Though the cast got into the spirit of birding, the excitement didn’t last for long. ”Seeing a bald eagle…you think that’s just the most rare, thrilling thing you could ever see. And it was — the first time,” says Wilson. ”But then we saw a million more. They were hanging out at the dump! They weren’t these majestic things that you see at game 7 of the World Series.”

Awe-inspiring or not, the film’s avian costars simply serve as the backdrop for a distinctly human tale, insists director David Frankel. ”For me, it was never really a movie about bird-watching. This is about three guys who want to be the best at something,” he says. ”There’s kind of a bromance at the heart of it.” And, of course, lots of ruffled feathers. —Ashley Fetters Oct. 14

Real Steel
Usually when a robot aims for the heart, it means you’re about to get terminated. But while the robo-boxing drama Real Steel includes plenty of metal-on-metal violence, director Shawn Levy tried to target the story’s emotional core. Set in the near future, the movie replaces the sport of human boxing with remote-control mechanized brawls. After his ex dies, a washed-up pugilist (Hugh Jackman) finds himself caring for his estranged son (Dakota Goyo, the child god in Thor), and together they try to restore a rusty hunk-of-junk robo-fighter named Atom. ”Shawn and I kept saying ‘We really have to be able to substitute, I don’t know, Ping-Pong or tennis for the robot boxing,’?” Jackman says. ”As badass as I think the robots are, the movie is really about the father and son and the relationship between them.”

Levy, a veteran of comedies like Date Night and Night at the Museum, welcomed the chance to shoot an offbeat type of sports movie. ”You get away with more anthemic emotions and themes,” he says. ”Sports settings are inherently more epic than a living room.” And those massive metallic fighters would surely ruin your sofa anyway. —Anthony Breznican Oct. 7

Remaking a 1980s classic (see: A Nightmare on Elm Street, The Karate Kid, Clash of the Titans) is always risky. But there were special challenges to updating Footloose, the beloved 1985 teen flick that boasted a blockbuster pop soundtrack and a star-making turn by Kevin Bacon as a city-boy hoofer named Ren McCormack who’s stuck in a small town where dancing is banned. ”It’s kind of like I’m making love to somebody’s old girlfriend,” jokes director Craig Brewer (Hustle & Flow), who took the reins after High School Musical‘s Kenny Ortega dropped out in October 2009.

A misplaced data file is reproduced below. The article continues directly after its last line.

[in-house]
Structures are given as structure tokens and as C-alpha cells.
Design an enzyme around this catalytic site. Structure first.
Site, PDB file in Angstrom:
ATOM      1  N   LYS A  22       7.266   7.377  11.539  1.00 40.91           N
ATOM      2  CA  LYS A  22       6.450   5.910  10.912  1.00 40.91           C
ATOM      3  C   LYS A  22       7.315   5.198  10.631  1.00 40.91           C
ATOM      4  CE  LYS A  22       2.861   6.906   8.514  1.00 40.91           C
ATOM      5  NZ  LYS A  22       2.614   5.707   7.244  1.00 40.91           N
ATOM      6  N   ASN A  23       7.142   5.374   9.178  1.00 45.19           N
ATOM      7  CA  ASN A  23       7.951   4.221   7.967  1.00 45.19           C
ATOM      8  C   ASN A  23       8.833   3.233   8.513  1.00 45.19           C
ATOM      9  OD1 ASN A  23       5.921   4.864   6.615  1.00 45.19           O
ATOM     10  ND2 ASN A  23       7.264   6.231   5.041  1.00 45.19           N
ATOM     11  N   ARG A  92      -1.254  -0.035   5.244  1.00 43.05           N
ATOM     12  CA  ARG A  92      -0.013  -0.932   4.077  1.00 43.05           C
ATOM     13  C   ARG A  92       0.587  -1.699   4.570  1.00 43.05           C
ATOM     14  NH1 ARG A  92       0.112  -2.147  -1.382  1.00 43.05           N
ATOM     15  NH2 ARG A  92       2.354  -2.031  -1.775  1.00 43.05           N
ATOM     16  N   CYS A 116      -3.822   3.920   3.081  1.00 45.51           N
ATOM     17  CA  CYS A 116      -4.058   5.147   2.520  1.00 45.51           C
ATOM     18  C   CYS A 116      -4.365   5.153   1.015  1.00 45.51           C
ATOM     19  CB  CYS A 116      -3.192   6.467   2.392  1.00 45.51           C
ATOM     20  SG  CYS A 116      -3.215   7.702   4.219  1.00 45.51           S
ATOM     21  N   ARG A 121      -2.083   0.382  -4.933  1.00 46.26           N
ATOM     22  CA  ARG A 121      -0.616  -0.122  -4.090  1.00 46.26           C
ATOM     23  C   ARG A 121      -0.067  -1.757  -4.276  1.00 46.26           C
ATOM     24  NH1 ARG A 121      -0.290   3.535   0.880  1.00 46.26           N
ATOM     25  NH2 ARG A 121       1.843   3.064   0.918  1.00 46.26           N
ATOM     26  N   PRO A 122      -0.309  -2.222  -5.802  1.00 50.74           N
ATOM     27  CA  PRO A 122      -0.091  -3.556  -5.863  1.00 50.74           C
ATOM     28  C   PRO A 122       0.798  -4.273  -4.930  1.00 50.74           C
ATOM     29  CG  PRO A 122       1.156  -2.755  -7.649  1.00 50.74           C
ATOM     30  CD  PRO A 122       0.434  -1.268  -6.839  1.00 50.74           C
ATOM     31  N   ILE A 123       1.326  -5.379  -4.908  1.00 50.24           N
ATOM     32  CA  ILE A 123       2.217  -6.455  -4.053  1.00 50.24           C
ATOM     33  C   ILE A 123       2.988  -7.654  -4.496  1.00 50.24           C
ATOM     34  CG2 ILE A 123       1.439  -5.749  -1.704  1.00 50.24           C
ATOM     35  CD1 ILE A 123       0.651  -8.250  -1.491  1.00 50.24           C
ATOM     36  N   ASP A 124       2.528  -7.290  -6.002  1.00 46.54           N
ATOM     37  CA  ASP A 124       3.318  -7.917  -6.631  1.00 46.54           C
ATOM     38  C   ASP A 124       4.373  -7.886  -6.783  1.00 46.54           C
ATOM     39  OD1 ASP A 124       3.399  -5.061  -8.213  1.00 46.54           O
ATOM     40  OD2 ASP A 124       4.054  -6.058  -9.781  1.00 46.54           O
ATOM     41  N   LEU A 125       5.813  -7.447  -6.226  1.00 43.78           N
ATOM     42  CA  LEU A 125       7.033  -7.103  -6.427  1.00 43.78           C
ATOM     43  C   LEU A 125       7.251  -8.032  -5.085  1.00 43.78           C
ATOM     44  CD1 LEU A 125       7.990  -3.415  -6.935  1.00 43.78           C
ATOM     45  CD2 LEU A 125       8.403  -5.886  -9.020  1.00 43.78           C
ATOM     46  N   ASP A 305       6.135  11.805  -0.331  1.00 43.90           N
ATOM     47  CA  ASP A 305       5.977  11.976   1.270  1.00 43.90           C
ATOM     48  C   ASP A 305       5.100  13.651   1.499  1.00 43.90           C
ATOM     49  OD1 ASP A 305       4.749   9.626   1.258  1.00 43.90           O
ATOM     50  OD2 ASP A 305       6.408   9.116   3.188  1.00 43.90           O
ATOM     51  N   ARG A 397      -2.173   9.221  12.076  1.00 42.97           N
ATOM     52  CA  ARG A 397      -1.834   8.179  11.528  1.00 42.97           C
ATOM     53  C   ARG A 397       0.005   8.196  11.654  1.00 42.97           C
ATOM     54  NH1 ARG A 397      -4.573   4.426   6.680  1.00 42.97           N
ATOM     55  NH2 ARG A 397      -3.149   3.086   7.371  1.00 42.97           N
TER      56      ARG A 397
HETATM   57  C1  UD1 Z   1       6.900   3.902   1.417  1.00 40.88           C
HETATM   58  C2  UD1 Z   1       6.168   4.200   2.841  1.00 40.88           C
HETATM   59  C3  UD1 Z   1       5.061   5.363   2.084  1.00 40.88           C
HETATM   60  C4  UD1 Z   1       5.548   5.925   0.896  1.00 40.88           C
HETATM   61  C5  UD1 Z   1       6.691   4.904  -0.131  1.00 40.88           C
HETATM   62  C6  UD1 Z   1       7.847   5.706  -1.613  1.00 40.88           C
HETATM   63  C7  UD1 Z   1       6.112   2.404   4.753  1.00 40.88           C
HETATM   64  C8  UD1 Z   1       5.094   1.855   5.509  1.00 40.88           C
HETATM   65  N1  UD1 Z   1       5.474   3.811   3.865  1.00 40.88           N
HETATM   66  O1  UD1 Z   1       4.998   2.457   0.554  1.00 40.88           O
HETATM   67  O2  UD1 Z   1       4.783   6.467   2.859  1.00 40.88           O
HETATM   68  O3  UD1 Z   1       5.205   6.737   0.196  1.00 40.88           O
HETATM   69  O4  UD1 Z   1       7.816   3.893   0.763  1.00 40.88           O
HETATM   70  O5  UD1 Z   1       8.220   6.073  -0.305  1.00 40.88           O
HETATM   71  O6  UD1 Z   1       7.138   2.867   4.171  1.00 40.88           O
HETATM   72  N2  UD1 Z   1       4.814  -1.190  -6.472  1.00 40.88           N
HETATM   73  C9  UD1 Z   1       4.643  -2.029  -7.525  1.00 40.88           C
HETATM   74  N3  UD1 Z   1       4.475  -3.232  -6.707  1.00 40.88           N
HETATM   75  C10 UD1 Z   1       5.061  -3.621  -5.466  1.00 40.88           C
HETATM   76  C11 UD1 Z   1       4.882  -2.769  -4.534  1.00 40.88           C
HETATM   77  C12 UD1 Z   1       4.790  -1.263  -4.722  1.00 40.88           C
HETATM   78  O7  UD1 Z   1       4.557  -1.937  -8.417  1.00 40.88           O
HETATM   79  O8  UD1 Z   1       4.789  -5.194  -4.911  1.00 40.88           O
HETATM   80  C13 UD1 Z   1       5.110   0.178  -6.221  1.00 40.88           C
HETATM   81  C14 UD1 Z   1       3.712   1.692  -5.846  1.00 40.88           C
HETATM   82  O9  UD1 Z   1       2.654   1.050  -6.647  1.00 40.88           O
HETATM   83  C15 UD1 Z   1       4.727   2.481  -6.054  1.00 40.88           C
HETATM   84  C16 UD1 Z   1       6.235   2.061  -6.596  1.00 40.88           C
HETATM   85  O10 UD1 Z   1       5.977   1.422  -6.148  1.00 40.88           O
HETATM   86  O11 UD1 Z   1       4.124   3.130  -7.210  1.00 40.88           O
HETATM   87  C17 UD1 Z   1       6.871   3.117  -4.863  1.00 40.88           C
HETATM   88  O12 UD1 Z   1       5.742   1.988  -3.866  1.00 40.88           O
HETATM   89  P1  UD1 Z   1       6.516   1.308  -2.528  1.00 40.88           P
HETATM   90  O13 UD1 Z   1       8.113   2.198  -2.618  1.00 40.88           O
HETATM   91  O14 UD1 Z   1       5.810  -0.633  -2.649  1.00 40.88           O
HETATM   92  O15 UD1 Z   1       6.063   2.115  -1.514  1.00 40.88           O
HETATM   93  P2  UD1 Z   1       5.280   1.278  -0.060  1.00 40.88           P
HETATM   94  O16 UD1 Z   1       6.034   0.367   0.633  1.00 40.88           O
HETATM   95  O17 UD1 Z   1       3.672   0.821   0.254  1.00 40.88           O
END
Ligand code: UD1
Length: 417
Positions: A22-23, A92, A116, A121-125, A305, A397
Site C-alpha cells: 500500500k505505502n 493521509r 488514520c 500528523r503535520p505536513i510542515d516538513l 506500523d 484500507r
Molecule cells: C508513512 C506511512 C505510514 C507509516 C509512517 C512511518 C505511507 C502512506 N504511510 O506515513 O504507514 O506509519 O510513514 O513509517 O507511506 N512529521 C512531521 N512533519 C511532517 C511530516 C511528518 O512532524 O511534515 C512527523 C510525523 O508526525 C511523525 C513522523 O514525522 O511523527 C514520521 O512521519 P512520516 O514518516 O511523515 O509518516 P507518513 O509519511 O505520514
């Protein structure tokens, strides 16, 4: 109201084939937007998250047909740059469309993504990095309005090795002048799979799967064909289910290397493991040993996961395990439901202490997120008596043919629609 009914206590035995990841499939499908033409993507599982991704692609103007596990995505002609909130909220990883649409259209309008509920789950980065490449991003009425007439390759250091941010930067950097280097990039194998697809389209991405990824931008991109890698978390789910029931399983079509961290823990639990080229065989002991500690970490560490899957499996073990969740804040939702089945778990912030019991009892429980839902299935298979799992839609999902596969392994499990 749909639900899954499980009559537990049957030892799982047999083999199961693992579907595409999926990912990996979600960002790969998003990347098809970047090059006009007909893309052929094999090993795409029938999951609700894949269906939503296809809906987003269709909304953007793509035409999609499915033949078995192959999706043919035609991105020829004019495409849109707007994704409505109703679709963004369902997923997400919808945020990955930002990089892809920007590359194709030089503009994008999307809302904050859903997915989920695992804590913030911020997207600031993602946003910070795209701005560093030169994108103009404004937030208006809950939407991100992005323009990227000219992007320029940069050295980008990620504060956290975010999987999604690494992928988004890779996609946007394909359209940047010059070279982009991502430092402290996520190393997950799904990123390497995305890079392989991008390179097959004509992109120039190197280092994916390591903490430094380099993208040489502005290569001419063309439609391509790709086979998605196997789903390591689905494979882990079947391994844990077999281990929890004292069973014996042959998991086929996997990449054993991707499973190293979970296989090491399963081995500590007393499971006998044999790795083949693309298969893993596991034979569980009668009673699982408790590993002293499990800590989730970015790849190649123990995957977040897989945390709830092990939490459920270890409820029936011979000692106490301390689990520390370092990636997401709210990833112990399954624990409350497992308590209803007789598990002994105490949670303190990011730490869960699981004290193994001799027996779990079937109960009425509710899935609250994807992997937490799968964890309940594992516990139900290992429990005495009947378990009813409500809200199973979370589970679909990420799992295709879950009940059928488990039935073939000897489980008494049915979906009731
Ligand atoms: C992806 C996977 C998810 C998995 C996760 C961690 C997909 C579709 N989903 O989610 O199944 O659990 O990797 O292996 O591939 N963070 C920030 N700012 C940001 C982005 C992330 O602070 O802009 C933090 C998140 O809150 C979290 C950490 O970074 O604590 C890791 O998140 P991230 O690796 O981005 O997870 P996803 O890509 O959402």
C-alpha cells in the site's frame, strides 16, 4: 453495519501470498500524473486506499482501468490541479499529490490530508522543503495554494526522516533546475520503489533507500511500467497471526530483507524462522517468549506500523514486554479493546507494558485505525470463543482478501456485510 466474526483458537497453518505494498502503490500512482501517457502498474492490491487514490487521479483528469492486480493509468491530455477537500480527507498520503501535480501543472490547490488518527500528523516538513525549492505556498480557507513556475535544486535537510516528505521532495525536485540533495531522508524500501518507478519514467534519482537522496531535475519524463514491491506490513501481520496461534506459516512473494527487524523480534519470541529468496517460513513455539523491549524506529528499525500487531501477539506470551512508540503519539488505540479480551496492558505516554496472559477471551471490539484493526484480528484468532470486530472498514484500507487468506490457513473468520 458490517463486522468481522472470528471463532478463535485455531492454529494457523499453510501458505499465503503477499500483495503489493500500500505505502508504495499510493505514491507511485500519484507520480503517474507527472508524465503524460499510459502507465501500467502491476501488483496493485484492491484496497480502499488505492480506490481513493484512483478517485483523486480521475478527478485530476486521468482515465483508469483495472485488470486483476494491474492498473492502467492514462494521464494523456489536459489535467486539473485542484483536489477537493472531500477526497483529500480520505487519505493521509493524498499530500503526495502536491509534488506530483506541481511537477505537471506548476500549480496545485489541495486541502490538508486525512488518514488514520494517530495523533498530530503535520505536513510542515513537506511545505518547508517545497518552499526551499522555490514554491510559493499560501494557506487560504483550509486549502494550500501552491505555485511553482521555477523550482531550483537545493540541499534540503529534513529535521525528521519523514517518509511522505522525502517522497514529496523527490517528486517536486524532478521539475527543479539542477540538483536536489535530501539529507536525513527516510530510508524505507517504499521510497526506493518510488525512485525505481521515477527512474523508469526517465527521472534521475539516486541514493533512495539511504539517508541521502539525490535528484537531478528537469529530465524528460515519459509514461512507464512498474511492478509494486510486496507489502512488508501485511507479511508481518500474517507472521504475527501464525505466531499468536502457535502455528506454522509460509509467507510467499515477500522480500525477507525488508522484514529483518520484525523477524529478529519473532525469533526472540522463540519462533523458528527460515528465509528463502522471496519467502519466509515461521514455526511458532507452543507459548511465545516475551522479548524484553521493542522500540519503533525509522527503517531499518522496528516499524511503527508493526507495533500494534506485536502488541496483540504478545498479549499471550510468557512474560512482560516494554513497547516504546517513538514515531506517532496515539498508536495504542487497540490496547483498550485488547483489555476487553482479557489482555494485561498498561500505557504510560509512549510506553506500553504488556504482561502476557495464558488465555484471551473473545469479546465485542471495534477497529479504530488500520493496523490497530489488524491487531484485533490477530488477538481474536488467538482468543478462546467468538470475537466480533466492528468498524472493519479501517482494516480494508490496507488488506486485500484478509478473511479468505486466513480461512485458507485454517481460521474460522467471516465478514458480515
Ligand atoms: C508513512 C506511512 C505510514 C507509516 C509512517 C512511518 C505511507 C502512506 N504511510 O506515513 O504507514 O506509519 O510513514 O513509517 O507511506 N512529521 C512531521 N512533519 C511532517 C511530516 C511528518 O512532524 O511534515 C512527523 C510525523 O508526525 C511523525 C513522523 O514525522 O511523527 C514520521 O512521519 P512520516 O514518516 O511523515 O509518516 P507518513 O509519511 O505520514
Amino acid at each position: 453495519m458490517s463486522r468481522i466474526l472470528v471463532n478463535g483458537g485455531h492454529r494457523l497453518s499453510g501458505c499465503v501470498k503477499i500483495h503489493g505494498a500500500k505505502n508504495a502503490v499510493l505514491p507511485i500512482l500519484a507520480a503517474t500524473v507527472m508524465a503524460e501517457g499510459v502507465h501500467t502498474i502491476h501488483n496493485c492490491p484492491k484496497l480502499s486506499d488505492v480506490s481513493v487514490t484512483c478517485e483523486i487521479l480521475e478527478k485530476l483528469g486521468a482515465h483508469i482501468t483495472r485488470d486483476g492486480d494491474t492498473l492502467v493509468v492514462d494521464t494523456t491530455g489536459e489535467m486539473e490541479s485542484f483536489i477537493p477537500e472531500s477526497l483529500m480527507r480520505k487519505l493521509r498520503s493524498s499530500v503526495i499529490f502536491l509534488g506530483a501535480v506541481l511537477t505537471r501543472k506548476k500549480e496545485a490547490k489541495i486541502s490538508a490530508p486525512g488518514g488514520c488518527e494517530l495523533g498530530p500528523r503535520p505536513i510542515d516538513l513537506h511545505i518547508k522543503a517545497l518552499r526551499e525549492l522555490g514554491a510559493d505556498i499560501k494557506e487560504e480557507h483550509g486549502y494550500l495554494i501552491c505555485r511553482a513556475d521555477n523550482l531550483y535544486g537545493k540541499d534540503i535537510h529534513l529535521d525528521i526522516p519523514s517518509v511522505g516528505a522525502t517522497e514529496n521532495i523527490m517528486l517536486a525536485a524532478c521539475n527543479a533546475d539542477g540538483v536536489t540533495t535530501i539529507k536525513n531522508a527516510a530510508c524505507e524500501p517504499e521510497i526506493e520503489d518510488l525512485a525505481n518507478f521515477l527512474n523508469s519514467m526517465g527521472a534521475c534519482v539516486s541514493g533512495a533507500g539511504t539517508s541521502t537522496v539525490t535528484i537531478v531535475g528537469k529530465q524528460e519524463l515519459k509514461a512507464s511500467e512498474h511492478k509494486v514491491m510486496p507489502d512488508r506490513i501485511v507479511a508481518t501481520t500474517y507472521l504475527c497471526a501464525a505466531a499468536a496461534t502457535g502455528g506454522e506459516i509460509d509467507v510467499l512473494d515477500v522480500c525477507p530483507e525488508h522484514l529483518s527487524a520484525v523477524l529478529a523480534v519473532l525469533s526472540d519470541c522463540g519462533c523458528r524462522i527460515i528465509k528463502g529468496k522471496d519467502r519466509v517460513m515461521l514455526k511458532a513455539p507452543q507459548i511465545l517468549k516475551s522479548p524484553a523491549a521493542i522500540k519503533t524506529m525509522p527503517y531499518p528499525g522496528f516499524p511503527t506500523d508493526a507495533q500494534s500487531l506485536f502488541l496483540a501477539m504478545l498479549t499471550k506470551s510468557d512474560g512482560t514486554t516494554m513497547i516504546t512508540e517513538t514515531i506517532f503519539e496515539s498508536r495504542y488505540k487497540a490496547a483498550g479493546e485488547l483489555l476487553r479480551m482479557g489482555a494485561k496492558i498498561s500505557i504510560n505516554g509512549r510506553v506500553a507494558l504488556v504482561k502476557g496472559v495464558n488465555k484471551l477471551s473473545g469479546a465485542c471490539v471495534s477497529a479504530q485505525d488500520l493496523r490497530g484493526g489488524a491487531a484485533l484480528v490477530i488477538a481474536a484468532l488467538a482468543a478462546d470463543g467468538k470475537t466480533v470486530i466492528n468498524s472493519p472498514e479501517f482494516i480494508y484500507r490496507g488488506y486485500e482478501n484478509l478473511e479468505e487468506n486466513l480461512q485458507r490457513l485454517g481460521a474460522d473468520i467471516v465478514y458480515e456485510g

Even 23-year-old Dancing With the Stars veteran Julianne Hough — who plays Ren’s rambunctious love interest, Ariel, the daughter of the ultra-strict local preacher (Dennis Quaid) — felt weird about revisiting the story, as she wasn’t even born when the film came out. The original Footloose was shot in her native Utah, she says, and ”I used to pass the roller mills where Kevin did the angry dance every day on my way to dance class.” Also, her brother, fellow DWTS professional dancer Derek Hough, played Ren in London’s stage version of Footloose. ”There’s all these little connections.”

As for the new Ren, 27-year-old newcomer Kenny Wormald (MTV’s Dancelife), stepped in after Zac Efron and Chace Crawford both passed on the role. The story has been updated to include modern Step Up-style choreography and a more racially diverse cast, but fans will be relieved to see familiar Footloose hallmarks, from Ren’s gymnastics-heavy angry dance in an abandoned mill to the country-bar road trip to a ”Let’s Hear it for the Boy” number featuring Ren’s rhythm-impaired sidekick Willard (Rabbit Hole‘s Miles Teller). ”You don’t mess with the core story,” says Brewer. ”You can do West Side Story and set it in space, but you run the risk of people calling bulls— on it.” Thankfully, no one in the new Footloose kicks off their Sunday shoes only to watch them float away in zero gravity. —Tim Stack Oct. 14

Martha Marcy May Marlene
All four names in the indie Martha Marcy May Marlene belong to one young woman (Elizabeth Olsen, in her big-screen debut). She’s Marcy May to fellow members of her dangerous religious cult. She’s Marlene to prying outsiders. And she’s Martha to the estranged sister (Sarah Paulson) who helps her re-enter normal life after she leaves the ”family.” Writer-directer Sean Durkin’s debut feature was a hit at last year’s Sundance Film Festival, where talk about Olson’s family tree (Ashley and Mary-Kate are her big sisters) was quickly drowned out by praise for the actress’ raw performance. ”My goal was to make sure Martha doesn’t come off as naive,” says Olsen. ”People think cults are all hippy-dippy. We want to break that stereotype.” —Adam Markovitz Oct. 21